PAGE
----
Sunday, December 17, 2017
Tampa Bay Rays

Tampa Bay Rays reliever Jake McGee feeling like he belongs after strong end to rookie season

PORT CHARLOTTE — Left-hander Jake McGee's winter in Reno, Nev., was a little more laid-back this year.

That's because, for the first time, McGee, 25, didn't take a second job.

McGee usually had kept himself busy after baseball seasons by working for a friend's courier service company. From 8 a.m. to 3 p.m., five days a week, McGee would cram his 6-foot-3, 230-pound frame into a Saturn, delivering papers to real estate brokers.

"It was pretty easy," he said, smiling. "Just drove around all day."

But the fact that McGee instead relaxed this offseason was fitting, considering the hard thrower was coming off a rookie year in which he established himself in the Rays bullpen.

McGee shook off a rocky start in which he was being too fine and instead trusted his stuff — specifically a mid to high 90s fastball — down the stretch in picking up four confidence-building September wins.

"He believes he belongs," manager Joe Maddon said. "Last year, I think he was more in survival mode, Stage 2 — 'I like this, I really want to stay here, I want to please people,' never the thought about winning that night. The thought was more about not looking bad as opposed to doing something to help us win. That's the dangerous stage of development that never helps you as a team or organization to really win. You have to get them to Stage 3."

McGee's ability has rarely been questioned. He emerged as one of the team's top pitching prospects after getting drafted in the fifth round in 2004, converted from starter to reliever and even overcoming Tommy John elbow ligament replacement surgery in 2008. But McGee, upon making his first opening day roster last year, was too tentative early and got sent down to Triple-A Durham after posting a 5.14 ERA in the first month.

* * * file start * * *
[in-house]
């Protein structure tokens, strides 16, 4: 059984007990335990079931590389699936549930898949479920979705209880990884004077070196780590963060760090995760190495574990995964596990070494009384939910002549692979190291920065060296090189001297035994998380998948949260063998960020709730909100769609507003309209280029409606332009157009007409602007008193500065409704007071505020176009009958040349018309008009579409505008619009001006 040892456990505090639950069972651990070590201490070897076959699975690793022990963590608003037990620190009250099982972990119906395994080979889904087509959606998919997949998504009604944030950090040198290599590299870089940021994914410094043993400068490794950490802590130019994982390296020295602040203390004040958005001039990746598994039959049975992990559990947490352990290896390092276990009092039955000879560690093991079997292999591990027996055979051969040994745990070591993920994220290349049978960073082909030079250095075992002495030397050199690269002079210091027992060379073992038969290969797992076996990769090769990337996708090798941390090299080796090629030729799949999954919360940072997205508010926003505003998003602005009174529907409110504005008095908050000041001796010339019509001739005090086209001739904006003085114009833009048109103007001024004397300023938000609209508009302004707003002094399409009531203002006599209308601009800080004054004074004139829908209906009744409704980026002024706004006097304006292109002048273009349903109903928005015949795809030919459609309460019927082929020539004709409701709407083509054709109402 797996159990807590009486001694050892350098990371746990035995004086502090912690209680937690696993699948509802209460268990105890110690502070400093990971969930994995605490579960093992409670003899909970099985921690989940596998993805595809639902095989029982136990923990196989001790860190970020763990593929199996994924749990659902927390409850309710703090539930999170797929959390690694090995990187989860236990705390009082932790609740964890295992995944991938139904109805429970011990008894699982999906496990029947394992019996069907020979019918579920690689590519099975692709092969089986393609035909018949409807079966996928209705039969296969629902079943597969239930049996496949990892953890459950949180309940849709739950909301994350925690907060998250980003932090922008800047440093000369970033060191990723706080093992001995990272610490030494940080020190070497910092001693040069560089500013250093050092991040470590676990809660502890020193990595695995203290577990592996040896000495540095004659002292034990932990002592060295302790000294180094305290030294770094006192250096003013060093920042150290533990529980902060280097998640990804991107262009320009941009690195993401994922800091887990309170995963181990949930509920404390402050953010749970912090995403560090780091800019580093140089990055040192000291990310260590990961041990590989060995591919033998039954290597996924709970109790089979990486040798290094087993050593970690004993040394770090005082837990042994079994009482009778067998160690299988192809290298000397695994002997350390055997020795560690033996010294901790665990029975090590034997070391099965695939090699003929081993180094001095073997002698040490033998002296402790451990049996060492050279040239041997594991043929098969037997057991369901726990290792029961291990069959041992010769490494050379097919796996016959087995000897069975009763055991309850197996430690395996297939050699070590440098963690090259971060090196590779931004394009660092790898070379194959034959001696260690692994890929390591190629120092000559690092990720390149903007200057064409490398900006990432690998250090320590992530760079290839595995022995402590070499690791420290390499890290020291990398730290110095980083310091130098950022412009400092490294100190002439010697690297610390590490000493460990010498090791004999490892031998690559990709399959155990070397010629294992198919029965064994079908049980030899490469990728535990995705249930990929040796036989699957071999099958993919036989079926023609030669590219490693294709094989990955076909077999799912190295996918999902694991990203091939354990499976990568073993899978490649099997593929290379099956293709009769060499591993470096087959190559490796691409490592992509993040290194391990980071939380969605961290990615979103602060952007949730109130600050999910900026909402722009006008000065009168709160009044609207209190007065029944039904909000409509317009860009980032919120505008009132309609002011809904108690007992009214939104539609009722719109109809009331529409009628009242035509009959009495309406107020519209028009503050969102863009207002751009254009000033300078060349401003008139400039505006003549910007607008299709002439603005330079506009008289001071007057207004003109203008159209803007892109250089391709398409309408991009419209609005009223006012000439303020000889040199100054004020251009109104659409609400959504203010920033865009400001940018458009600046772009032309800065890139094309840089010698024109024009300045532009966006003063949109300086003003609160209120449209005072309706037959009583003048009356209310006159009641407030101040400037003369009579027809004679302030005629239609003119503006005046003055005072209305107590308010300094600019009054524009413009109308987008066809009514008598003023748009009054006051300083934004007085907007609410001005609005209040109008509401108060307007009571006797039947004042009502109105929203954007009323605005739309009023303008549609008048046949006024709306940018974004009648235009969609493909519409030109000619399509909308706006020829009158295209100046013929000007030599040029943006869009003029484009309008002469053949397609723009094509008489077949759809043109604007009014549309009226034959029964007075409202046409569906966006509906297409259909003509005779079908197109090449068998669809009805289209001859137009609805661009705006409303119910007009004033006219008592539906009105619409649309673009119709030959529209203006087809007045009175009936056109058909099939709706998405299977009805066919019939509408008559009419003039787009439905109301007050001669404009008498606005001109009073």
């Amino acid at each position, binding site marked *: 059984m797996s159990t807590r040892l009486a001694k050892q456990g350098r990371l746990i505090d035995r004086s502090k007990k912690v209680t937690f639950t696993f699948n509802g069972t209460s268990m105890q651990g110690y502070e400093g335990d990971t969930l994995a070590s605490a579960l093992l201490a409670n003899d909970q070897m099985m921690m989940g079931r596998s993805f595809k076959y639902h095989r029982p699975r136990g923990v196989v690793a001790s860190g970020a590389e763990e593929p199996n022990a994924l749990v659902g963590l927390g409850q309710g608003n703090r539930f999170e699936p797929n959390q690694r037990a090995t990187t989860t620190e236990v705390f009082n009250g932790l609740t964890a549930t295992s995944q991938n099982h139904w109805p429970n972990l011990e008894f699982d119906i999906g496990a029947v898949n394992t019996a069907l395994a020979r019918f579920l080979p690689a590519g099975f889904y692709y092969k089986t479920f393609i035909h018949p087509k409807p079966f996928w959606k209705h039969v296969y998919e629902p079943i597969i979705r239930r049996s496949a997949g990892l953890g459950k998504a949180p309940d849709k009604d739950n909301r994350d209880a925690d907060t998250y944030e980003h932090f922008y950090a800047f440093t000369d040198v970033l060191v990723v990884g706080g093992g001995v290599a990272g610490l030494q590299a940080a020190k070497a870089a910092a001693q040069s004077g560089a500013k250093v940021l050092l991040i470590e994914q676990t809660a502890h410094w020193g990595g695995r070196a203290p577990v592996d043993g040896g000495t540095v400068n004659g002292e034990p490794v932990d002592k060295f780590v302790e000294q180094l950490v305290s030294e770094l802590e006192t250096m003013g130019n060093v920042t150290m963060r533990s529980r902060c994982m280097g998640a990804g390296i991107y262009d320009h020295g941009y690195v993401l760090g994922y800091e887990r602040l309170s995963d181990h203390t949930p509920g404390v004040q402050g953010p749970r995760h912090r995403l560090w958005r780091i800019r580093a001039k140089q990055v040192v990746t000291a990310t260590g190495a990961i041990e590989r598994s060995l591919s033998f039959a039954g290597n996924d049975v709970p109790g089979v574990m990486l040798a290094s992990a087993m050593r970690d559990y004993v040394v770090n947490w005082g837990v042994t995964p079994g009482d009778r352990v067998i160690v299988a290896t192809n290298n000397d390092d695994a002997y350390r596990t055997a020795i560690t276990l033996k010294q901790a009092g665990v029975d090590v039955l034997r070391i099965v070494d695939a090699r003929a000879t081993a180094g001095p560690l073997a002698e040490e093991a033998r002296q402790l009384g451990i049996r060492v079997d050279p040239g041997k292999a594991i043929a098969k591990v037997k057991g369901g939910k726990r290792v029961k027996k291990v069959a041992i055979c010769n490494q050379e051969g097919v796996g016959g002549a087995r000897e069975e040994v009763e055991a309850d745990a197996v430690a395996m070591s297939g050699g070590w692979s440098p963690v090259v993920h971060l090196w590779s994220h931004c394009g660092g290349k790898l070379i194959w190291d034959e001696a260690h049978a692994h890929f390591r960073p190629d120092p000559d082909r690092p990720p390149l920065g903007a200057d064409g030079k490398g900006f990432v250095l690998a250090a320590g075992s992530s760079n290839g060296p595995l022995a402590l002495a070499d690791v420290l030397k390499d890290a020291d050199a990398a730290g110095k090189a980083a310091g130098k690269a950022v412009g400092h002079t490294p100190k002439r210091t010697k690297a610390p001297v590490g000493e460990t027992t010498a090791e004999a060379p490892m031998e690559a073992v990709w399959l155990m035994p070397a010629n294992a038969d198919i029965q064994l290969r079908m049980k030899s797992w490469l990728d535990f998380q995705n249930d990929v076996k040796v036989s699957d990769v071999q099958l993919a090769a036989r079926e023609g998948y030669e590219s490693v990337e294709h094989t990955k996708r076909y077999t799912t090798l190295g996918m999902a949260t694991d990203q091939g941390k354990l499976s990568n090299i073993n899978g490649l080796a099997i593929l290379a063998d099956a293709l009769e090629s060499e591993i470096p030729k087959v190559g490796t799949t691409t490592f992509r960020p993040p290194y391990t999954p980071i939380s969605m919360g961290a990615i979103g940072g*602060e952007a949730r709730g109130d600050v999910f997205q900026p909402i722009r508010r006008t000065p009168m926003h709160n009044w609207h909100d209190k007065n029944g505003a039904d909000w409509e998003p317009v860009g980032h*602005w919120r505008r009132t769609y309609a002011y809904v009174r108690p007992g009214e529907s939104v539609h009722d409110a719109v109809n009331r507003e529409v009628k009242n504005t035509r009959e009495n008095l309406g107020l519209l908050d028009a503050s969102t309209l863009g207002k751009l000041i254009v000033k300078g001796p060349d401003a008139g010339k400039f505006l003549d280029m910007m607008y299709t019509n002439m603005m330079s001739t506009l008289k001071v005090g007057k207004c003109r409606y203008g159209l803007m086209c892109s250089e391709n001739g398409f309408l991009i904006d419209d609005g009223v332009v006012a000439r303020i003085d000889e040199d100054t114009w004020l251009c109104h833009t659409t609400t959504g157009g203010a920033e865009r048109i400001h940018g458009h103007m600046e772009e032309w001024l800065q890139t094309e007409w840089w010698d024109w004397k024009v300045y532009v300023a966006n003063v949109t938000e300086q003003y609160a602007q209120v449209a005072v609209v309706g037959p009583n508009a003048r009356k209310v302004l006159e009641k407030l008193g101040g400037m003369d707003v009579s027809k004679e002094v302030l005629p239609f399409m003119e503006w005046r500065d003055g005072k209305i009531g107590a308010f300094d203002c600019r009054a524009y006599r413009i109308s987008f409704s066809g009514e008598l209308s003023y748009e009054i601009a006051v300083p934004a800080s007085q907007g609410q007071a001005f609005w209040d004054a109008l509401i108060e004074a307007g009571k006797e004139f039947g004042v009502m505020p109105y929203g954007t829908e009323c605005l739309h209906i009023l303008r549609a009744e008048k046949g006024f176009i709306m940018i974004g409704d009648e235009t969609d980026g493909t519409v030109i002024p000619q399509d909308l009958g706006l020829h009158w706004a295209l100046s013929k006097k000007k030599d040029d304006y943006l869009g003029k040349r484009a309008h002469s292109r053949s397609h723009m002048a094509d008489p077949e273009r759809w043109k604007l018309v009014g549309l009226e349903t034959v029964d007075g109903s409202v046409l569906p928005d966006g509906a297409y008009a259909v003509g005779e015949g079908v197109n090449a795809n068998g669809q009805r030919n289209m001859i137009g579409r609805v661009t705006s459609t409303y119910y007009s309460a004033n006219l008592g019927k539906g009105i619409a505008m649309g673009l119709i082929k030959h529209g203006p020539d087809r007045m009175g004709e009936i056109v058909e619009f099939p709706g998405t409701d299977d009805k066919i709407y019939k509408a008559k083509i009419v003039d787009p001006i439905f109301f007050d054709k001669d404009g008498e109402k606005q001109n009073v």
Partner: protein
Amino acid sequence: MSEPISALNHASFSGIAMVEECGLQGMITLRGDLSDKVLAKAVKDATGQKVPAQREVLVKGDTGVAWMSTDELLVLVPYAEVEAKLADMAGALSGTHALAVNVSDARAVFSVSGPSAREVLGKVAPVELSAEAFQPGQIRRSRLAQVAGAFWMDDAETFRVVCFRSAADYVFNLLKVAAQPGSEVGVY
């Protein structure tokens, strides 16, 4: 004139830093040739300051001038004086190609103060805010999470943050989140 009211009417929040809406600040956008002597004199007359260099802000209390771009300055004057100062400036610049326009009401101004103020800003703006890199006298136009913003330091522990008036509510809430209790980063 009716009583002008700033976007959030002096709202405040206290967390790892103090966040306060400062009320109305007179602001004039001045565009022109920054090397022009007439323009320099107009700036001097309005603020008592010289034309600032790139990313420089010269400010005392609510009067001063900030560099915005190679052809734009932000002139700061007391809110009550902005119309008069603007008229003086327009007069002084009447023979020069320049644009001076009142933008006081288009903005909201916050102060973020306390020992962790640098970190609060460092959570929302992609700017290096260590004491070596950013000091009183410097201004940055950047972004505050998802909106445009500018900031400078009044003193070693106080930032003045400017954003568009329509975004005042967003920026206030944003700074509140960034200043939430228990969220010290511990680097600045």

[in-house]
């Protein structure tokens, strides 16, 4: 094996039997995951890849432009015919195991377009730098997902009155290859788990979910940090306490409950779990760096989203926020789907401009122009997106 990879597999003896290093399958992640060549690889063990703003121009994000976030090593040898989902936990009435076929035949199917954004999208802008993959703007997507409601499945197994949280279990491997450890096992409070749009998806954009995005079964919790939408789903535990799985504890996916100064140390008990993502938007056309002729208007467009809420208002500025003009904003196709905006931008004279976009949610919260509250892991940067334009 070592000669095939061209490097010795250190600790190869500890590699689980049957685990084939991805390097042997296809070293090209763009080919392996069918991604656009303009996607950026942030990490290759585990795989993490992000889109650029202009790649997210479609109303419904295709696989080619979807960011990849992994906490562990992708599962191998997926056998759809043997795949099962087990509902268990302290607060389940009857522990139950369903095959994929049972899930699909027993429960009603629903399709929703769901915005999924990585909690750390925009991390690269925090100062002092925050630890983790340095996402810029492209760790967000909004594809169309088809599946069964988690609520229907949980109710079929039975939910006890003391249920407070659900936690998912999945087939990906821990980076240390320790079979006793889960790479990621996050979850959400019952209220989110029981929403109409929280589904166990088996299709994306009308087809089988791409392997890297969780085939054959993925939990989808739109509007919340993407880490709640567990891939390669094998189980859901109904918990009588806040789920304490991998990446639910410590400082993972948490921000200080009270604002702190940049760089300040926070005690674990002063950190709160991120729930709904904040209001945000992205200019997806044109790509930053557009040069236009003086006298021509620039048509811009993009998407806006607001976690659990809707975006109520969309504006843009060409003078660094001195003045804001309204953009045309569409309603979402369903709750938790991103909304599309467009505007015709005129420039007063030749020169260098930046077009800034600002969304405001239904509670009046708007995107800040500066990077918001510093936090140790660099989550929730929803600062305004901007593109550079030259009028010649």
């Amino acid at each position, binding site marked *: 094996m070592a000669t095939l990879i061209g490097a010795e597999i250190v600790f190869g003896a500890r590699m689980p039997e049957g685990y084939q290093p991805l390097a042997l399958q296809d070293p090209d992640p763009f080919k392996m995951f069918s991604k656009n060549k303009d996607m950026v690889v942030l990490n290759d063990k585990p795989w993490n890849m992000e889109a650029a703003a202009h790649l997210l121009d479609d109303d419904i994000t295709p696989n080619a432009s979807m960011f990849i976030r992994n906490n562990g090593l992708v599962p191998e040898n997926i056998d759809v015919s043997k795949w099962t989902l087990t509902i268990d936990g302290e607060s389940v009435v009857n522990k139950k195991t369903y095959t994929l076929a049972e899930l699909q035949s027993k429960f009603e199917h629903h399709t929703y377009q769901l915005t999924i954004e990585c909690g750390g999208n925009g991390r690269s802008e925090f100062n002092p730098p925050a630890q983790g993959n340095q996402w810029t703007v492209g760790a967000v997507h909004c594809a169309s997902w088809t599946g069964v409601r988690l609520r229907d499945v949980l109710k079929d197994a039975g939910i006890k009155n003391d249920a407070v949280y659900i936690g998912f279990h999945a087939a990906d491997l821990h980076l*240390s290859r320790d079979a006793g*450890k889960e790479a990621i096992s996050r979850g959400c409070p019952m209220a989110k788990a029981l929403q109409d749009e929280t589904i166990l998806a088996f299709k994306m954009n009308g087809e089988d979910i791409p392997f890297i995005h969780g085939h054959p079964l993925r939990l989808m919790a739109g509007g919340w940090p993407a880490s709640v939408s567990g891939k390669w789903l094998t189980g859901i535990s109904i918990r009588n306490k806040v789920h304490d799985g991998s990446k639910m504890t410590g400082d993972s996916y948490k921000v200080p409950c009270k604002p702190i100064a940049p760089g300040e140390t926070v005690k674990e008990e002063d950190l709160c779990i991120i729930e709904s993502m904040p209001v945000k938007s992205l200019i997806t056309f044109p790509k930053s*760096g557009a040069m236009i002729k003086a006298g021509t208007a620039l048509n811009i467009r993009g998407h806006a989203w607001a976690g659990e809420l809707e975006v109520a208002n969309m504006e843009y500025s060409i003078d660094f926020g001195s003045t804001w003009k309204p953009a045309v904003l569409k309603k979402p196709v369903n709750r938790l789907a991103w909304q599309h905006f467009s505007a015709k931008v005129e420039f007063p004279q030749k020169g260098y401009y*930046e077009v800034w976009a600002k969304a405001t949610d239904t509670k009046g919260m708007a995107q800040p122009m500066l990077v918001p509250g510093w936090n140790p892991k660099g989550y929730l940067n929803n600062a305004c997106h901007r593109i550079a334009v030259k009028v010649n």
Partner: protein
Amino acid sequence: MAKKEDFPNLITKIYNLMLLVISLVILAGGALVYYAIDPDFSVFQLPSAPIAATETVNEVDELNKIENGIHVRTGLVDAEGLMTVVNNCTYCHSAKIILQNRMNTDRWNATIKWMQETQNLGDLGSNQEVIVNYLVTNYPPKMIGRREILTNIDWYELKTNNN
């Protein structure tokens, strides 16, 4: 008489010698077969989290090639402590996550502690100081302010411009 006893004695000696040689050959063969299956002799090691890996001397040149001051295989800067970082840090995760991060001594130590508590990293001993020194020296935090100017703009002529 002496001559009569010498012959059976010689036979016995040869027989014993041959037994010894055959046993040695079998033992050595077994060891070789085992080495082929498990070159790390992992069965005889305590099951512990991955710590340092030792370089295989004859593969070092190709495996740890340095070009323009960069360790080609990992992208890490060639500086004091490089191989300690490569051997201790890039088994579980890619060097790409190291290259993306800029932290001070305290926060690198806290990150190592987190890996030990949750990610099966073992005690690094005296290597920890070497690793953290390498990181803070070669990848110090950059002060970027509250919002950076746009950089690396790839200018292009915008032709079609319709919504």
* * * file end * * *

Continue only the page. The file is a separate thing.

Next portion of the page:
"I was trying to aim the ball and not letting the stuff I have do its work," he said.

When McGee returned in mid July, he had a different look — and approach. Figuring he had nothing to lose, McGee decided that if he was going to get beat, "they'd have to beat me with my best stuff."

He finally believed he belonged during a three-game stretch at the end of the season. On Sept. 18 at Fenway Park, McGee earned the win after throwing 22/3 innings, retiring Jacoby Ellsbury, Adrian Gonzalez, Dustin Pedroia and David Ortiz.

McGee also was the winning pitcher in the Rays' final two victories, including Game 162, against the Yankees, when, before Evan Longoria hit his walkoff homer in the 12th, he got himself out of a first-and-third, no-out situation in the top half of the inning.

"I felt like I could get any big-league hitter out if I had my best stuff," McGee said. "It's helped a lot confidence-wise, and I feel like I'm part of the team, a little more settled in."

McGee's camp didn't start so smoothly when he hurt his elbow in a "freak accident," a foul ball hitting him while he was leaning against a batting cage. "Never going to do that again," he quipped.

But McGee feels he's even more prepared for this season, with his fastball velocity close to where it should be. And he says he's throwing his slider harder than he has in his life.

"This year," McGee said, "I'm ready to go."

Joe Smith can be reached at [email protected]

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